The Battier acquisition was nothing short of brilliant. His numbers (10 and 4 a night) don't tell have the story. Shane's the kind of strong-character, high-energy, constant-motor guy needed to make a good team great, and Dawson knew that when he brought Battier over. Surprisingly neither Novak nor Bonzi Wells have made an impact.

Part 2 will take a look at how the playoffs might unfold.

Friday, February 23, 2007

Deadspin Previews the M's

It's ugly but sadly accurate:
• Today the Mariners have possibly the worst front office in baseball. Not only have they sat slack-jawed at the trade deadline while the pennant race left them behind each of the last several years, but during this off-season they:

• Traded their terrific set-up man for a mediocre starter, straight-up.
• Traded a cheap young corner outfielder with power and an excellent young reliever (also cheap) for Jose Vidro's bloated contract and decayed legs.
• Assured Hargrove his job is safe this year.
• Agreed to pay Jeff Weaver in excess of $8 million this season. Their vision for the franchise is now defined as "abjectly stupid." Read this, and you will know the painful daily grind of a Mariners fan.

Dear God, what an abysmal team.

Wednesday, February 21, 2007

Thoughts from My First NBA Game

The cheap seats had a good view and I didn't get mugged on the walk home. The calzone before tipoff made everything all right. Now onto the contest (if we can call it that):

* The Suns very quickly established their offensive set: use motion and curls to clear to the paint. Then drive the lane and either 1) finish at the basket, or 2) pass to the open corners. End result? Stoudemire finishes with 22 points on 10-15 shooting, Marion had 31 on 11-17 (3-5 from downtown). Phoenix shot 8-18 from deep and threw down plenty of awesome dunks.

* Nash was having an off-night (or is still injured), but managed to finish with 13 points and 11 dimes. What an amazing player to watch in person. A few times Nash left the crowd in awe with an amazing pass or acrobatic layup, which all seemed easy to him.

* How out of hand was this game? Pat Burke -- yes that Pat Burke -- nearly had a double-double.

* Elton Brand started off hot then disappeared.

* Livingston simply can't play the two alongside Cassell. Shaun doesn't have a consistent mid-range jumper and he can't blow past his defender by a layup. He's the anti-Rip Hamilton.

* My old roommate and I constantly joked about this being Maggette's and Livingston's farewell tour.

* Arguably the loudest cheer happened in the final minutes when seldom-used Sun and former Clipper Eric Piatkowski drained a three. After the shot I discussed with my old roommate about who belonged in the theoretical Clippers Ring of Honor. He giggled when I mentioned Sean Rooks.

* When I saw Burke smack Aaron Williams with a flagrant foul I yelled, "white on white crime!"

* My stomach and wallet are grateful that I passed on a bacon-wrapped hotdog after the game. My mind thinks otherwise.

Even though it was an early blowout I had a fun time. I wasn't rooting for a particular team so it was nice just to sit back and appreciate the game.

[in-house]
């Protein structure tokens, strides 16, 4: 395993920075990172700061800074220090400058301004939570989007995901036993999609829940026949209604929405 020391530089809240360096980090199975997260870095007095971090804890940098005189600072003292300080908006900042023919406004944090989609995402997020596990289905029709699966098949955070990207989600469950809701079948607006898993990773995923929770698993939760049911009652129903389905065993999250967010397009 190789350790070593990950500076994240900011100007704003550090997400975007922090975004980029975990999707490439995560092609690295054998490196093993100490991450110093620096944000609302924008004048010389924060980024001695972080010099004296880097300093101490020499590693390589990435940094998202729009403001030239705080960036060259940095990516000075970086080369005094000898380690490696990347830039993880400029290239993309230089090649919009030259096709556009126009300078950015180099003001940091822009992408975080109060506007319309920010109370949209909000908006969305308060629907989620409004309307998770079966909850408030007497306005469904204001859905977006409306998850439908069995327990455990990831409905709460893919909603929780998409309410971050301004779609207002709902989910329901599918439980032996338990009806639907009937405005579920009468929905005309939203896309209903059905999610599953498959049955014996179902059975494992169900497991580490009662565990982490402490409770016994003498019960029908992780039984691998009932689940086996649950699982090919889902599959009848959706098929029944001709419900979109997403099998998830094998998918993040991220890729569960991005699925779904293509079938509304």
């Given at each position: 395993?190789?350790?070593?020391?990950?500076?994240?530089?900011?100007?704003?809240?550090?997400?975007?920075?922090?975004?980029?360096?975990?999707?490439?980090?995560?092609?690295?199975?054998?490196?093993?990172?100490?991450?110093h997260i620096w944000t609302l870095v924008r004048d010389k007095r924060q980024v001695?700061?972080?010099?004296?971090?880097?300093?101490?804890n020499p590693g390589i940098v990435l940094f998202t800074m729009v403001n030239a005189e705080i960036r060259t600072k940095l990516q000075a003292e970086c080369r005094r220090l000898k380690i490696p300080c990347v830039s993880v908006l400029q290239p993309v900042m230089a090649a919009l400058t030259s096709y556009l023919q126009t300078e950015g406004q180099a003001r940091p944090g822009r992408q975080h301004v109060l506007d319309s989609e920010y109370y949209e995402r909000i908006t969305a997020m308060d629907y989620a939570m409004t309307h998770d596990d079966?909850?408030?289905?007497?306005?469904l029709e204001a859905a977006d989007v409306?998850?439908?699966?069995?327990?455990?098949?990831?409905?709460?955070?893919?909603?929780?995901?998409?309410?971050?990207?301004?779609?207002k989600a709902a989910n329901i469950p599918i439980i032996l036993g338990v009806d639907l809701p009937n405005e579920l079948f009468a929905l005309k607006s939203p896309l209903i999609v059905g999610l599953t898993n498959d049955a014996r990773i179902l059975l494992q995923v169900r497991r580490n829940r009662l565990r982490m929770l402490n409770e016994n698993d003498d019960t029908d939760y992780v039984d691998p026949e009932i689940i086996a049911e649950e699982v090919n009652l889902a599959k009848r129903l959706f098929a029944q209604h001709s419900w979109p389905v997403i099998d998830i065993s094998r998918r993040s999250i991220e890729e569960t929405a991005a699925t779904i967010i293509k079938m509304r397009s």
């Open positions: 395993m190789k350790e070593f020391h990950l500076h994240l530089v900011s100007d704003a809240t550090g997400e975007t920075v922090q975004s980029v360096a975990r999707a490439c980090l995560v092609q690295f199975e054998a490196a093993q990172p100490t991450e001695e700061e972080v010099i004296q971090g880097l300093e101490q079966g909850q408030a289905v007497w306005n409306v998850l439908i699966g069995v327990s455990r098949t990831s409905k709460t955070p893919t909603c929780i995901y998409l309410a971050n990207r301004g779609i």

Sunday, February 18, 2007

Words of Wisdom from Ron Artest

Excerpt from the February issue of Dime:

Ron, I'm thinking about popping the question to my girl. How should I do it? -Calvin

"First you gotta have sex one last time, you know, and tell her you love her. You should probably take her out to a simple dinner, nothing too crazy. Keep it simple, because a lady is looking for the little things. If she wants to be with you forever, she'll like that."

Tuesday, February 13, 2007

Better Late Than Never

I finally got along to putting J.A. Adande's blog on the Links. Check out his latest post about why Valentine's Day is wack.

ESPN Snatches TrueHoop With Its Neon Claws

TrueHoop is officially a part of the Worldwide Leader. Congratulations to Henry for parlaying a passionate hobby into a (hopefully) huge payday.


Now let's all pray ESPN doesn't suck Henry's soul. Amen.

Monday, February 12, 2007

Take It for What It's Worth

Tim Povtak, a writer for the Orlando Sentinel, says on Monday's podcast that Dwight Howard might do a dunk with Jameer Nelson sitting on his shoulders for Saturday's dunk contest.

Saturday, February 10, 2007

Funniest Quote of the Year, Courtesy of Mike Wilbon

As The Big Lead has indicated, the geniuses at the Washington Post have decided to put Tony Kornheiser and Michael Wilbon on-camera and have them discuss the hot topics of the day. Groundbreaking really.

While the segments about Maryland basketball coach Gary Williams and John Amaechi liking sausage are merely okay, the PTI boys save the best for last.

The funniest segment of the video (and maybe the year) occurs when Tony and Mike talk about the crazy adulterous astronaut lady. Tony waxes about the significance of the story and how astronauts are considered the most respected and courageous people in America. The camera then pans to Mike, who stands there oblivious while eating Grandma's cookies. When Wilbon notices the camera he stares straight into the lens and screams, "She wore a diaper!"

Hilarious. It has to be seen to be believed. (right-hand side, February 7)

Tuesday, February 06, 2007

Thursday, February 01, 2007

There's a Headline in My Ad

I understand corporations have to pay bills like the rest of us, but what the hell is this?


Ads in the freakin' headline? Are you that strapped for cash, World Wide Leader?

What's the next great idea? Letting people comment on articles? Oh, wha?